Minnesota Senator Eugene McCarthy, an outspoken critic of the Vietnam War, was the first Democrat to challenge LBJ for the nomination and scored a strong second-place finish in the New Hampshire primary before winning in Wisconsin and Oregon. But McCarthy’s campaign for peace lost momentum once Robert Kennedy entered the race. Next, try to see if you can recognize these presidents from baby U.S. photos.

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1984: Reagan


As much a movie poster as a campaign poster, “Bringing America Back!” features a grandfatherly Ronald Reagan as the leading man of the next four years. Who better to steer the country to economic recovery after a recession than the Gipper. Reagan was an Illinois native — find out what other states U.S. presidents are from.

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2008: Obama


The campaign that gave America it’s first black president deserved an iconic poster, and it got one thanks to street artist Shepard Fairey. The powerful image of Barack Obama seeming to peer into the future was everywhere. He eventually did run and won in 2012, but his first campaign’s posters were the clear winner. Find out how iconic presidential couples like Barack and Michelle met next.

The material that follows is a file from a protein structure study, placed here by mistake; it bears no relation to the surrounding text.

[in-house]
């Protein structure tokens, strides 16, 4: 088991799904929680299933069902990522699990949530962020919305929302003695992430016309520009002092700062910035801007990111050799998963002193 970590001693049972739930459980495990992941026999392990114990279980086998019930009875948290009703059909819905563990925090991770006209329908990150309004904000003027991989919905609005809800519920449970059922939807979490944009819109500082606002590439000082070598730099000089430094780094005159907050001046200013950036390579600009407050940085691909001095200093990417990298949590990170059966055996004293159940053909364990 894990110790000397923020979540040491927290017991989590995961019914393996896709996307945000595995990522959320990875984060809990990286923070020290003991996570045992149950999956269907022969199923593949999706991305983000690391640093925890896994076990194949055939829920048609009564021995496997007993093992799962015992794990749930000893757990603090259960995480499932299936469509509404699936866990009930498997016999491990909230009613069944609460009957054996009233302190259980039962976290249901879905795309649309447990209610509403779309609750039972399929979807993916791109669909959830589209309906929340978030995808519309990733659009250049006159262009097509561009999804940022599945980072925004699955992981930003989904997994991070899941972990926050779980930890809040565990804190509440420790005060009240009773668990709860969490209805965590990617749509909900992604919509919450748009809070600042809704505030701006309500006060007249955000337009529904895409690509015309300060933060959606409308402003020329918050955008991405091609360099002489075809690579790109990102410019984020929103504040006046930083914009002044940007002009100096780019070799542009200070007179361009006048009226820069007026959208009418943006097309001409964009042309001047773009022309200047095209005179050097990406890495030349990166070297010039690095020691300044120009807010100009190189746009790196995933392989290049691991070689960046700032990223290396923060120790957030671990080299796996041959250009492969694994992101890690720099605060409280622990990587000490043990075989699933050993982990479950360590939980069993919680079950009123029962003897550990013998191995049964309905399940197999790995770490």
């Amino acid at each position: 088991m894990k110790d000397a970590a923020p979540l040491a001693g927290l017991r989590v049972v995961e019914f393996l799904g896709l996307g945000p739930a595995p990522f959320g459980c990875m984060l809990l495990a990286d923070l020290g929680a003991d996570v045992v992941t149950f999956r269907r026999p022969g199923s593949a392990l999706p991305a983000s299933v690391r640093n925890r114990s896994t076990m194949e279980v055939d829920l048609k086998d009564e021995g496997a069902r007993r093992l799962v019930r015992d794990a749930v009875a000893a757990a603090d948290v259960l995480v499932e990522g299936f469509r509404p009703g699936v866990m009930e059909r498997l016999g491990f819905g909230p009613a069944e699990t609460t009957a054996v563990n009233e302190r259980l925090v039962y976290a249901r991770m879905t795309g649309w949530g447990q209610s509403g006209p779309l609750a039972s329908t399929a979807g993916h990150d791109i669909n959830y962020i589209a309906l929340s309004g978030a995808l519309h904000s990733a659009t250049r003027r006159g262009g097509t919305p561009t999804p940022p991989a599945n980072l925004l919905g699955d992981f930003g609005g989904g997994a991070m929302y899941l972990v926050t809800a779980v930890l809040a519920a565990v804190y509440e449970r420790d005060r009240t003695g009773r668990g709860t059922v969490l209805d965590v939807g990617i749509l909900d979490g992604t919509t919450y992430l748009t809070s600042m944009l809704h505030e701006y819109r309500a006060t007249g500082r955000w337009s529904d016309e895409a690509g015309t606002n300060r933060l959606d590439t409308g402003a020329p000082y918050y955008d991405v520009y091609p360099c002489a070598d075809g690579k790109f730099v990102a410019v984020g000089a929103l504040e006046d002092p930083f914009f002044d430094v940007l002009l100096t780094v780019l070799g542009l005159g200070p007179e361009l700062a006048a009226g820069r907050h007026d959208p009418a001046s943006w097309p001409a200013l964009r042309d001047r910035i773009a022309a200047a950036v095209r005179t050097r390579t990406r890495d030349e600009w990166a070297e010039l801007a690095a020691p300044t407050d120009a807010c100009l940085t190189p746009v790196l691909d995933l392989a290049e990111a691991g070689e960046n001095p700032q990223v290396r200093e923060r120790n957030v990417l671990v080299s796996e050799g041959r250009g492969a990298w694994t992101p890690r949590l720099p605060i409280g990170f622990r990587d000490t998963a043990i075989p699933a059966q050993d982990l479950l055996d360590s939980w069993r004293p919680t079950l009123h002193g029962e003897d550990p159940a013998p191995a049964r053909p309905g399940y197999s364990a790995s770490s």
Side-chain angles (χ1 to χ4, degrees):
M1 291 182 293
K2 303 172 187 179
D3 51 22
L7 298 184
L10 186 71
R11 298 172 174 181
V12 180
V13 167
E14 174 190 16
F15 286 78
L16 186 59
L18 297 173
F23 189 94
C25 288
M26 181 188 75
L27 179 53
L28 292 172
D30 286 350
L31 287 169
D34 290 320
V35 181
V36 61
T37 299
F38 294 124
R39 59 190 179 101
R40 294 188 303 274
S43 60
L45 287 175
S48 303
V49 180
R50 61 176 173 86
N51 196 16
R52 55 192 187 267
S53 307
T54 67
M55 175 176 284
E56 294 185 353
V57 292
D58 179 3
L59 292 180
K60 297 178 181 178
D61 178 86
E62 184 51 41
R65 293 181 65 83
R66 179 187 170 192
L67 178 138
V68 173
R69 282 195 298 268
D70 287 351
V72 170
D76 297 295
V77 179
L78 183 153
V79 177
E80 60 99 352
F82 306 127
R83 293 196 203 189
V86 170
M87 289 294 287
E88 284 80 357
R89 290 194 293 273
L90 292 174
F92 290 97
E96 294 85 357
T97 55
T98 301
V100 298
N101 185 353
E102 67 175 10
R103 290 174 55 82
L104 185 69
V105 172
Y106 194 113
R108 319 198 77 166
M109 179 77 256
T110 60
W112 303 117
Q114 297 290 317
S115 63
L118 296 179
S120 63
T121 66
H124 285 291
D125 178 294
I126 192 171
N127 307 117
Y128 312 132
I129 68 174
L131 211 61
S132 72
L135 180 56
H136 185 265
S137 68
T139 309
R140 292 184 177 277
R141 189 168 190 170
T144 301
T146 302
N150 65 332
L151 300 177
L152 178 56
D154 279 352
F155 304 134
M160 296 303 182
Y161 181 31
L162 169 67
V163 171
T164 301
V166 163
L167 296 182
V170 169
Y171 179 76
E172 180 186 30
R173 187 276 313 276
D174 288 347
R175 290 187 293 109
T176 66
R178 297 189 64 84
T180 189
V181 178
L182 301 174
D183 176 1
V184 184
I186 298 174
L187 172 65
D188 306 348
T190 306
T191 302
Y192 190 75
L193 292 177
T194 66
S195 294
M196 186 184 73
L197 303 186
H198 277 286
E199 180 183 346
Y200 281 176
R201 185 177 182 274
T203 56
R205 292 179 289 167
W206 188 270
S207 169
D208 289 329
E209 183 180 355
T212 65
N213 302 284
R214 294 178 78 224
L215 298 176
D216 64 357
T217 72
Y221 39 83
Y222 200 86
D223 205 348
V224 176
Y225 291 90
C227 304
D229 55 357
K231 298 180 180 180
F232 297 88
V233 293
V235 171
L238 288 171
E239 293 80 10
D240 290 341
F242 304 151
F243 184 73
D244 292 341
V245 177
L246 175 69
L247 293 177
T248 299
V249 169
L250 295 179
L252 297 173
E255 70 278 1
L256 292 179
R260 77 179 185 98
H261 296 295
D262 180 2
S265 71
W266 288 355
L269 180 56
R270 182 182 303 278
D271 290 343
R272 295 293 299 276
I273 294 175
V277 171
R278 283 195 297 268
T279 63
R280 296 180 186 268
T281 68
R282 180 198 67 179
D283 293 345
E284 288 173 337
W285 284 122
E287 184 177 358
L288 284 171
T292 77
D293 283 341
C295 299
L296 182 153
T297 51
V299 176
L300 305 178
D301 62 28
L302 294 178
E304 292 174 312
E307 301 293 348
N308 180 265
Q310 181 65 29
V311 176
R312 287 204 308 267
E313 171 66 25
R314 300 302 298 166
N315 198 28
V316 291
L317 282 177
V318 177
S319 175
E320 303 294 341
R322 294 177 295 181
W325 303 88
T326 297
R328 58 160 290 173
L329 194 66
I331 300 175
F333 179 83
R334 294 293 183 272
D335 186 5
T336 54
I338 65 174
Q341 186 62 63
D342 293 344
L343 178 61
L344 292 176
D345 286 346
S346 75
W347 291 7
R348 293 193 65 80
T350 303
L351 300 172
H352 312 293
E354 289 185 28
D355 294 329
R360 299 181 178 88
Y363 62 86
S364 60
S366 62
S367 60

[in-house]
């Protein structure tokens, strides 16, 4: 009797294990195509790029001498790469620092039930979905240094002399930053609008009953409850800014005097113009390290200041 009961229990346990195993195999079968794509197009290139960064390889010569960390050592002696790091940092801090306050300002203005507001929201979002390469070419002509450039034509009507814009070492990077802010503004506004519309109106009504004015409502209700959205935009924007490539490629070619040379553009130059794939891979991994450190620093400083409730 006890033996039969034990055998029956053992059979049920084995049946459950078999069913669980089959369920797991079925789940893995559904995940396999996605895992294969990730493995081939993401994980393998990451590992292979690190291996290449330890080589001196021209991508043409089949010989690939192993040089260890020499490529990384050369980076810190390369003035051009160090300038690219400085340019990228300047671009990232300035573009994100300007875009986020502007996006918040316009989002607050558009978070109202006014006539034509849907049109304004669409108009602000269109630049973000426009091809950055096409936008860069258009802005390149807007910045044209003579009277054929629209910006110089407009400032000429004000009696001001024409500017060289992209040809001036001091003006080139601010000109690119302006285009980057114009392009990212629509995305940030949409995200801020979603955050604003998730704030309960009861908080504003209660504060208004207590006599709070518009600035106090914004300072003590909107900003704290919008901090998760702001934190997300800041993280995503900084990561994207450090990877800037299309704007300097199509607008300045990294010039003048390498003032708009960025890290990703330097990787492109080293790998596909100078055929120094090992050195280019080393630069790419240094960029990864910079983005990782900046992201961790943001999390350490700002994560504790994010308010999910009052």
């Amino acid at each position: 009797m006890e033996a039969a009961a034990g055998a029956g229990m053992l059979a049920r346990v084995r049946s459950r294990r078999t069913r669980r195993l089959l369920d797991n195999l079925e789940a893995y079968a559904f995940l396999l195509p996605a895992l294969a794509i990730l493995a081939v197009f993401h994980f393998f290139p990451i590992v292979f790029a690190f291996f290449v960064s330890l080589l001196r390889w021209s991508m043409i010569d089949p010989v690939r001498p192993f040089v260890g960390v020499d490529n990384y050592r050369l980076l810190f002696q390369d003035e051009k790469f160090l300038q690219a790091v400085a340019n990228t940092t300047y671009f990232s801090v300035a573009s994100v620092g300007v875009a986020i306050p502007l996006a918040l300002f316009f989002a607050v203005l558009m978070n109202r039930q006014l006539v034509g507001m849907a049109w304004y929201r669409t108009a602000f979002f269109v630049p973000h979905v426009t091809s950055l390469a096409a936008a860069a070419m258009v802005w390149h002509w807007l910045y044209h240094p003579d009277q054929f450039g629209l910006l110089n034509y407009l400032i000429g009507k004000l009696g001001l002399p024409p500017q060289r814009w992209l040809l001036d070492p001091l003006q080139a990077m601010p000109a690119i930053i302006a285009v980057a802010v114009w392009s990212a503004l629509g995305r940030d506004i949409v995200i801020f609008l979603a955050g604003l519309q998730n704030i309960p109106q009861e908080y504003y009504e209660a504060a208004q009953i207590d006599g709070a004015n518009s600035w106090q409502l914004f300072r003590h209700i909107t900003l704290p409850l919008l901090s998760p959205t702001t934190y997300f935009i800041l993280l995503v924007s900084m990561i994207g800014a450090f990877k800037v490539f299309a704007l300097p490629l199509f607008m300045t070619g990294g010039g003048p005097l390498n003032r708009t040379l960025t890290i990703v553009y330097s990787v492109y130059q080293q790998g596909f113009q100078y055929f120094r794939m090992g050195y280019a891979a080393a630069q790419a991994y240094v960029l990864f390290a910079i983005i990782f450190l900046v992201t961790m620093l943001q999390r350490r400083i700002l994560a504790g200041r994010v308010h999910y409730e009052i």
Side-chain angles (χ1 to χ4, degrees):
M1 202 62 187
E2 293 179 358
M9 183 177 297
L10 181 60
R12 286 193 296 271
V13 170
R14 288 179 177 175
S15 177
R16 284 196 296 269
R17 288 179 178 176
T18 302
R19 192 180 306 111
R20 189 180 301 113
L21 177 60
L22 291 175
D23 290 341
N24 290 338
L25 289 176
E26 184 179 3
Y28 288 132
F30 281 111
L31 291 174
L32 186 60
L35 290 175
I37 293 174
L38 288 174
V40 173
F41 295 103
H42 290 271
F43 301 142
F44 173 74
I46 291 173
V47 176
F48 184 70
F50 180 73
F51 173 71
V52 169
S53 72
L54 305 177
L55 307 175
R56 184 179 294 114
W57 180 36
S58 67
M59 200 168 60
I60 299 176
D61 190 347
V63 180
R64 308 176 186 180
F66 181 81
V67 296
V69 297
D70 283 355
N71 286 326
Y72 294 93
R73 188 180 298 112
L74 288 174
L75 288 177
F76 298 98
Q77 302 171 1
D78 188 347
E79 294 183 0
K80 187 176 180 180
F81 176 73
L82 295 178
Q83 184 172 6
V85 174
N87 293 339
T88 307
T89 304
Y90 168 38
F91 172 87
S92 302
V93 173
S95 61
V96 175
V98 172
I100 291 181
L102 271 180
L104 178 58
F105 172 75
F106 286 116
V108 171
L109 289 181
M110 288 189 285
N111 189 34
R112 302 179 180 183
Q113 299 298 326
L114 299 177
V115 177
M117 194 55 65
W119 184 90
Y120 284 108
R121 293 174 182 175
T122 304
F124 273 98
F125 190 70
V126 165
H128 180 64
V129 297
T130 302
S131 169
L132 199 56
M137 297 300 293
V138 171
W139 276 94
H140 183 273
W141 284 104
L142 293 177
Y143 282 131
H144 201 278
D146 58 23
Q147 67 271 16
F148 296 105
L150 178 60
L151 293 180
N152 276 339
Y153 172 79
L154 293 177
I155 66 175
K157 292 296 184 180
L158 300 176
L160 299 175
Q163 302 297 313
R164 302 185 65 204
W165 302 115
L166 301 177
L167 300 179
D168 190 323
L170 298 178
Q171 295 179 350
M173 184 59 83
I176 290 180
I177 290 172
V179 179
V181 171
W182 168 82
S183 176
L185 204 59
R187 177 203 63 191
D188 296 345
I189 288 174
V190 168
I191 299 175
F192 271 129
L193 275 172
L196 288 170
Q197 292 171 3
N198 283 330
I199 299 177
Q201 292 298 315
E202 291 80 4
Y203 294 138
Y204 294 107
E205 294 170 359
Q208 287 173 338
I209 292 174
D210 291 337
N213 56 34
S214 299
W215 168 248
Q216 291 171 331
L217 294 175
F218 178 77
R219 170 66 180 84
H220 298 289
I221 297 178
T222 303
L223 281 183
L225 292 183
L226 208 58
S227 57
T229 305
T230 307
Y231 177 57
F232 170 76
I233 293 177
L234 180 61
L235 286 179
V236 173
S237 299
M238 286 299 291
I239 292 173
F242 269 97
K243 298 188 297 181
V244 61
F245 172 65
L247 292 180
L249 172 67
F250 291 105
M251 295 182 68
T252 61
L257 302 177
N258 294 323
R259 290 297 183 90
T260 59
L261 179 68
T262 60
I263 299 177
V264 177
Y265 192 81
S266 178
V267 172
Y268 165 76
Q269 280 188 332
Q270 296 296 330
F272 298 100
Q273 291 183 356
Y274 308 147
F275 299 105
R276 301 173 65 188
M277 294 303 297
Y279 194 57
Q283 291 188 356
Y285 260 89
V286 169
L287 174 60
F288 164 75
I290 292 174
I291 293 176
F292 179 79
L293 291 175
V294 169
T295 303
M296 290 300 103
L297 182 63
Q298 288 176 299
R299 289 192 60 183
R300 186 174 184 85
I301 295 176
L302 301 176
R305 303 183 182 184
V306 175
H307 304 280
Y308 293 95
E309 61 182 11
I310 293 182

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2008: Obama


Another iconic poster from Obama’s 2008 campaign, this time by Berlin-based artist Ray Noland, shows Barack Obama surrounded by people carrying signs and megaphones. Crowned with the US motto “E pluribus unum” (“out of many, one”), this poster successfully invited people to rally around the presidential nominee. And if you’re wondering what Obama might have been up to since he left the presidency, check out the perks U.S. presidents get after leaving the office.

Reader's Digest
Originally Published in Reader's Digest